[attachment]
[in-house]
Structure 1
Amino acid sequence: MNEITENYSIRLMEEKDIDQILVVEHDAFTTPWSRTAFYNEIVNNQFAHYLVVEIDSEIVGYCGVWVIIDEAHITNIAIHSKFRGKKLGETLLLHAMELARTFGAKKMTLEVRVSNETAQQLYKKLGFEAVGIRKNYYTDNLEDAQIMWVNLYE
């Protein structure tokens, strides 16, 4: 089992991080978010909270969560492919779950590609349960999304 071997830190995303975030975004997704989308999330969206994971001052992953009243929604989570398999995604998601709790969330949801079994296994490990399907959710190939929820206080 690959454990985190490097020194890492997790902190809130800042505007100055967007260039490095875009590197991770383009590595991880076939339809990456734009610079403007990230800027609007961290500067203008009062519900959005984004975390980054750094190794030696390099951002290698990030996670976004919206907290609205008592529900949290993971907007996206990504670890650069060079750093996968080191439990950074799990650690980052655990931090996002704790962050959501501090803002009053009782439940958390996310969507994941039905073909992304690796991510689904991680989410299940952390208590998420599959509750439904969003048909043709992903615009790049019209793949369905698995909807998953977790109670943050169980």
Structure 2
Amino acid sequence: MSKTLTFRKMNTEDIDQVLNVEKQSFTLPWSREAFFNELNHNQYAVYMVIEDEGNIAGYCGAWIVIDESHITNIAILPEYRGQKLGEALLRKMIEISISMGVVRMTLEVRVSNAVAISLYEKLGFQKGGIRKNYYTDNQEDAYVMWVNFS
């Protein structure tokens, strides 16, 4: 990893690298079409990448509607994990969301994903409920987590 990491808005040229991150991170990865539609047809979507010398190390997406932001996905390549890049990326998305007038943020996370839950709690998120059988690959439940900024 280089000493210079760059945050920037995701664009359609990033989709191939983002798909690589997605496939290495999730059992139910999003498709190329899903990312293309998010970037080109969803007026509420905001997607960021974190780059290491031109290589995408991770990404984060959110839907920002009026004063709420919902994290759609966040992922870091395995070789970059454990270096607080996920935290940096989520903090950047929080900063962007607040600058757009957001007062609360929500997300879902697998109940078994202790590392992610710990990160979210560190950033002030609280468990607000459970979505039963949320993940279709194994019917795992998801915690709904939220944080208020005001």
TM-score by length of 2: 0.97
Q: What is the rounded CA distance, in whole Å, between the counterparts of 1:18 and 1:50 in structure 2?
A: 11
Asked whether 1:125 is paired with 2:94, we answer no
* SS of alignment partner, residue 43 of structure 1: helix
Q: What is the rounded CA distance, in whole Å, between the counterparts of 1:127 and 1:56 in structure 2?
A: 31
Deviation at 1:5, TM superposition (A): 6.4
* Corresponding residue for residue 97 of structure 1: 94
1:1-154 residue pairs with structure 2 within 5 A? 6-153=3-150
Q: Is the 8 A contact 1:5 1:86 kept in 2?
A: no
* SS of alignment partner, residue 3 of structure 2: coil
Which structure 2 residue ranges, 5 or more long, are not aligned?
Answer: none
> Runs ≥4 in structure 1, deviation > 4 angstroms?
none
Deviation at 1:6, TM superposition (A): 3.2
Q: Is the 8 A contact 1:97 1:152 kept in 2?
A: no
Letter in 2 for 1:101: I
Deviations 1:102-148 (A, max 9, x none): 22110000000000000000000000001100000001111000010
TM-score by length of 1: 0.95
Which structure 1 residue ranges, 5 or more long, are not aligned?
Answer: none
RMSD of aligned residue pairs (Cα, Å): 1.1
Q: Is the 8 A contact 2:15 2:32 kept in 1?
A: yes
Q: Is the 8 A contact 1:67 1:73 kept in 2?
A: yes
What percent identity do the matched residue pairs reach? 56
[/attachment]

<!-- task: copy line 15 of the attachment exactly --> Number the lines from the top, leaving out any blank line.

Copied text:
Deviation at 1:5, TM superposition (A): 6.4